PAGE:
Neighbors in Hershey still remember walking into the Pulisic house and seeing a 5-year-old boy engrossed in a soccer game on television. This was a regular thing. An hour later, they'd look over - still watching.
Even Christian Pulisic's parents knew this was unusual. "You don't see a kid watching a full soccer game," Kelley Pulisic said, remembering how her little guy, not yet on a team himself, would point out an offsides play, as if he'd been studying the game for decades.
It's almost as if Christian Pulisic was living a double life. Normal kid who had friends and played all the sports - and complete soccer junkie, one sport always on his mind. Early on, Pulisic decided he'd play all the others just for fun. Rec-league basketball, casual golf rounds, etc. He'd save his real competitive juices for soccer.
Maybe he imagined his own future - in the rotation at age 17 on the second-best team in Germany, Borussia Dortmund. Youngest player to score two goals in a Bundesliga season. (Not just the youngest American - no German ever did that so young.) Now, as a midfielder, the youngest player ever to score a goal for the U.S. national team (which he did Saturday night in a friendly vs. Bolivia)and on the squad for this summer's Copa America. The coach even said that if there were a World Cup this summer, this would be the squad.
Pulisic doesn't turn 18 until September, but the soccer world is watching, not just the 81,359 regularly squeezing into the largest stadium in Germany.
Everyone is trying to slow down the talk about this kid, as if the words could cause the whole thing to evaporate. But right now, it's hope, not hype, that surrounds Christian Pulisic. If you watched a U.S. friendly Wednesday night against Ecuador, you saw the speed and complete technical confidence, sort of a quiet moxie as Pulisic made moves in tight spaces. As soon as he stepped onto the field, the kid looked at home. You wouldn't have picked him out as the 17-year-old. The game got a little faster for everybody else over on his side of the field.
Looking for clues about how this teenager can seem calm in the midst of the highest level of competition? Go back to his house. Of course, soccer was on television. Mark Pulisic had played professional indoor soccer, including for the Harrisburg Heat, and went on to coach Lebanon Valley College, then ran a Major Indoor Soccer League team. He met Kelley when they were both soccer players at George Mason University.
"We almost pushed him in directions other than soccer," Mark Pulisic said. "He was not forced in any manner. I wanted to make sure he was making the decision. . . . Things don't work if you're forcing training on kids. We always made it fun."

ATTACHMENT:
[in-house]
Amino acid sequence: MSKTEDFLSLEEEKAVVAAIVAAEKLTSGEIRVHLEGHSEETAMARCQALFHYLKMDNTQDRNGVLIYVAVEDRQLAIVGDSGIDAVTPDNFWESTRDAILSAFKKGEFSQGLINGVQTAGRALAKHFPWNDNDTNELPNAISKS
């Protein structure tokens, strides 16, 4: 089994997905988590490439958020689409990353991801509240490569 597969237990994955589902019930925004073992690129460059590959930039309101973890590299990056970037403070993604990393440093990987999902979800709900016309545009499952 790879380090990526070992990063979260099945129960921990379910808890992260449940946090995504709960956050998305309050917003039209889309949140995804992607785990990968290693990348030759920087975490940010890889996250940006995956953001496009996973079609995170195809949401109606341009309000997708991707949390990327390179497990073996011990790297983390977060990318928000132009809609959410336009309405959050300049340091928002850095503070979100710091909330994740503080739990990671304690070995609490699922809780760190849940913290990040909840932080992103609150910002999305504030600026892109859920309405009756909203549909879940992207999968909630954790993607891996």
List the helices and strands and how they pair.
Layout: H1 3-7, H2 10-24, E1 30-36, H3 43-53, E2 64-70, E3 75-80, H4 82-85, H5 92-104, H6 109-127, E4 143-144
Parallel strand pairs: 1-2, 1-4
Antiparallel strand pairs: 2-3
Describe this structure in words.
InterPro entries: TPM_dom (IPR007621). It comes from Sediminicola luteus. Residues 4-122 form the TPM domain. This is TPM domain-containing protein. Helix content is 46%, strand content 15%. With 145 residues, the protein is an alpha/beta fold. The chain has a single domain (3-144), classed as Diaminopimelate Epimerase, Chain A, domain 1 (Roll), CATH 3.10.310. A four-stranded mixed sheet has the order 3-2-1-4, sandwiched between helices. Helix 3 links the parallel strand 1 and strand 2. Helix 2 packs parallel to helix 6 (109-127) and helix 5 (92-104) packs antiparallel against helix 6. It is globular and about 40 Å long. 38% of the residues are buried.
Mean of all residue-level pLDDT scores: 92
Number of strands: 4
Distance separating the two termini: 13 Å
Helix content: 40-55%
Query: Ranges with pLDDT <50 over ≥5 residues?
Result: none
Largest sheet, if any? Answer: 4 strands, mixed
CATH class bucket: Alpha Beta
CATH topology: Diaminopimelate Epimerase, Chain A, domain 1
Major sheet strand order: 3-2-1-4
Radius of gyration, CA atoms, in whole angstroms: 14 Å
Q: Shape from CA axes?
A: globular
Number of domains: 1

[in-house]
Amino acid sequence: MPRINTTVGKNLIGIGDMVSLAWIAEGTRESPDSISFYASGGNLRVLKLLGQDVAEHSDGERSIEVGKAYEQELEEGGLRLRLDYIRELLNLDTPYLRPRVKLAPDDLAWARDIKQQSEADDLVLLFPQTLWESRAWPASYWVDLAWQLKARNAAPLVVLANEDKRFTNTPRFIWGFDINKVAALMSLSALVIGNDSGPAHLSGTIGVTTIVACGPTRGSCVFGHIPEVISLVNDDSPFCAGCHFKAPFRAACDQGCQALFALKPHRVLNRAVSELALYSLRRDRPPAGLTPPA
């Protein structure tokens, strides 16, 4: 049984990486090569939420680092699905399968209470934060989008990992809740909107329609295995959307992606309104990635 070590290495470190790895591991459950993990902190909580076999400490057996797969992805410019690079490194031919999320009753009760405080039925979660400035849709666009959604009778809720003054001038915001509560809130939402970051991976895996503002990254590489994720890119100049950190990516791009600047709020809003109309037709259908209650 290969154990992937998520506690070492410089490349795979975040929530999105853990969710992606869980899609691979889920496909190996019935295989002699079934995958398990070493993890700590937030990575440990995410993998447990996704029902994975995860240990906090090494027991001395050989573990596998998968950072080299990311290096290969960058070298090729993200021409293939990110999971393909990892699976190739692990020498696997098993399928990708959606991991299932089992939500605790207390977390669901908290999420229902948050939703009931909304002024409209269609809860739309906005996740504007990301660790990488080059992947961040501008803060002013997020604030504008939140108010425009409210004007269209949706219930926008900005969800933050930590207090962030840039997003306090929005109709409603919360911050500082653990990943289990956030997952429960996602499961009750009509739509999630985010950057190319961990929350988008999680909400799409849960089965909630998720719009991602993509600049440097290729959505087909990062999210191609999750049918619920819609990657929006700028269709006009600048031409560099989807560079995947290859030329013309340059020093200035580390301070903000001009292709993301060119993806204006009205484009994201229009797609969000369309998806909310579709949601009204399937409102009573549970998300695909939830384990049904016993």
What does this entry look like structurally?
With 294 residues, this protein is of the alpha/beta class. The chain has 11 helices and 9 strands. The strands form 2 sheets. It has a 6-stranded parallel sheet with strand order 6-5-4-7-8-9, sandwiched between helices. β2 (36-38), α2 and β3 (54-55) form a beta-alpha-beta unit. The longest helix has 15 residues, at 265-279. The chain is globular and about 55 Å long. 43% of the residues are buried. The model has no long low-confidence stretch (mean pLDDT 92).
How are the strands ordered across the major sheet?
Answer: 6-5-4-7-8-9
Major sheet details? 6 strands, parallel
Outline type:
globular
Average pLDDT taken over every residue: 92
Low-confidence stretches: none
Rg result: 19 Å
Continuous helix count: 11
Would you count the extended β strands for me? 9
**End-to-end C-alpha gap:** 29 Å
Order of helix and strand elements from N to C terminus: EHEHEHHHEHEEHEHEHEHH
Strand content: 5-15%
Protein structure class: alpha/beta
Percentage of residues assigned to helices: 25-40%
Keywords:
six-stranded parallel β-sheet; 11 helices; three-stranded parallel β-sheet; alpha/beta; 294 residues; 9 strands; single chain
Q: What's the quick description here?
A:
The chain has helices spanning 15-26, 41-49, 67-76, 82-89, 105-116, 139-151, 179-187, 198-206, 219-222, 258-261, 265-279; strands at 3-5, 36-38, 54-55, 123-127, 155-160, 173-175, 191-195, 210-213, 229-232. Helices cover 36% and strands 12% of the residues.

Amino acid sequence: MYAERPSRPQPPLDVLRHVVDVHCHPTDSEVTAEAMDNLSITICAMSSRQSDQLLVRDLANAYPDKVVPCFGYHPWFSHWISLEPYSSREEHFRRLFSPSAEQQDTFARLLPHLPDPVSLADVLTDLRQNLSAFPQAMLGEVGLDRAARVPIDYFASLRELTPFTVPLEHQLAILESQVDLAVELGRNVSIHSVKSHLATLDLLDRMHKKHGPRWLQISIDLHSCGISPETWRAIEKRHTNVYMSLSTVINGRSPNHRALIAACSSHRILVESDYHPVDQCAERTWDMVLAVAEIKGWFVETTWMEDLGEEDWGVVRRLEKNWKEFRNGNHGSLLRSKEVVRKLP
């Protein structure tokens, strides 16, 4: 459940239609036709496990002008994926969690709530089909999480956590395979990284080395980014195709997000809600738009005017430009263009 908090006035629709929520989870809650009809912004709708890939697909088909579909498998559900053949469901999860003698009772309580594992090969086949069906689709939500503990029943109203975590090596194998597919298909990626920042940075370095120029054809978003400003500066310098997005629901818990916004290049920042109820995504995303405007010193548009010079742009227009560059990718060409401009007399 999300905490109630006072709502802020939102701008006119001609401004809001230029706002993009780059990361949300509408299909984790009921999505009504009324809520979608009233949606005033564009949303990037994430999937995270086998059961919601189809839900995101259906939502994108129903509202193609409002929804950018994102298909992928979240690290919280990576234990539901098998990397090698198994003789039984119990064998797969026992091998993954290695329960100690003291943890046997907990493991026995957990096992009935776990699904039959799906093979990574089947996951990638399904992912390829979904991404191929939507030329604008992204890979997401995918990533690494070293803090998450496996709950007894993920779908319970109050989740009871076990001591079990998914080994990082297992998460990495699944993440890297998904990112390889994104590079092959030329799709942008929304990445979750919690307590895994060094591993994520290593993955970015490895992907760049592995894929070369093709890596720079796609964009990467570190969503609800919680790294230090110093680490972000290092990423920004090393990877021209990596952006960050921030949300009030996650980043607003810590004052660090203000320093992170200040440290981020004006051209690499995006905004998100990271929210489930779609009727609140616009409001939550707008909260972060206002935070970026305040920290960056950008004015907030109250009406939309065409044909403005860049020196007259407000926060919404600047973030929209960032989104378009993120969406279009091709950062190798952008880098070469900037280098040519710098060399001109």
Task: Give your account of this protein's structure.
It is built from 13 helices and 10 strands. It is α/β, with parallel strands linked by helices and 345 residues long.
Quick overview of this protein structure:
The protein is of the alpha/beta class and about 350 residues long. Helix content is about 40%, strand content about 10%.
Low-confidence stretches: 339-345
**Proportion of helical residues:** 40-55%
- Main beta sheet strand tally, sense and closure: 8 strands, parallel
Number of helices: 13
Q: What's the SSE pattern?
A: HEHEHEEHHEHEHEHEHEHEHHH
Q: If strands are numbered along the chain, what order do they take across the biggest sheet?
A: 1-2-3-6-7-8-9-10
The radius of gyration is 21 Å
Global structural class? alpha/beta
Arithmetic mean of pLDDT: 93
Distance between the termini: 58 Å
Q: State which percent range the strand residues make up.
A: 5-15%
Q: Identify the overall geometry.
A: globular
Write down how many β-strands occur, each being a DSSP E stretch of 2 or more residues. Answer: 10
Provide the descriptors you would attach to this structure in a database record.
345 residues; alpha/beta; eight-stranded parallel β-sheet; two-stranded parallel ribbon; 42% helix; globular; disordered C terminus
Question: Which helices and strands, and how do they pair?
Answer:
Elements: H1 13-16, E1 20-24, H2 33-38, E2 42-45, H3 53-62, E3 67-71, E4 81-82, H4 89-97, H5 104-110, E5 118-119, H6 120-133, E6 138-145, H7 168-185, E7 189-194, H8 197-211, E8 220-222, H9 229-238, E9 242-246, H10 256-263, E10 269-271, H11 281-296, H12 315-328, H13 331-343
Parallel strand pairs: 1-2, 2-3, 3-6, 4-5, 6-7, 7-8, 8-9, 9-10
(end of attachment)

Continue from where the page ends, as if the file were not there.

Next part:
They couldn't get the ball away from him.
"He would be out on the driveway, 5 years old, working on his juggling," his mother said. "He had to beat his juggling record. He couldn't come in until he beat his record. We'd say, 'OK, we'll do it tomorrow.' . . . 'No, I have to get the record.' He would do right foot only, then left foot only, then right-left, right-left."
As for soccer games from the rest of the world, "it was always on," Mark Pulisic said. "But the NBA was always on. Sunday football games were always on, playoff baseball games. It was all sports - he's a huge LeBron James fan. He loves watching hockey now, he loves watching the new guys coming on in golf, Jordan Spieth."
When Christian first started paying attention more than a decade back, Real Madrid had the Galacticos - Zinedine Zidane and Luis Figo and Ronaldo and David Beckham. That was the group that had the little guy riveted. That was his father's team, too.
Kelley Pulisic remembers switching cable systems at Mark's insistence because a soccer package had switched from one Spanish language channel to another.
And now some of those same channels bring their son back into their home.
A Mennonite church stands next to a graveyard that includes birth dates on headstones dating back to 1728. Behind the brick chapel and the worn graves, a cornfield has been reconfigured into a soccer complex, a vast and modern one, 10 fields, the largest cased in artificial turf, with corner flags displaying Adidas logos.
This is where Christian Pulisic once did his thing, in Manheim, Lancaster County.
Pulisic could have honed his skills just as easily in Detroit or Long Island. It happened to be in the middle of Pennsylvania, since that's where soccer led his parents. It turns out Pennsylvania did the trick, too.
Pulisic may represent the start of a trend that could keep impacting American soccer. Yes, he's the son of a former pro indoor player, grandson of a Croatian immigrant who went to New York from a small island off the Croatian coast at age 25. Christian's father grew up on Long Island. That's not the new part of the story. It's more textbook, immigrants lending their love of soccer, the next generation taking it to the next level.
Pulisic's ancestry stands out because his mother came up in the sport, part of this country's youth soccer boom, in her case in northern Virginia. Kelley Pulisic was a college player of consequence. Scoring 13 goals in her George Mason career may not sound noteworthy until you realize she was a defender.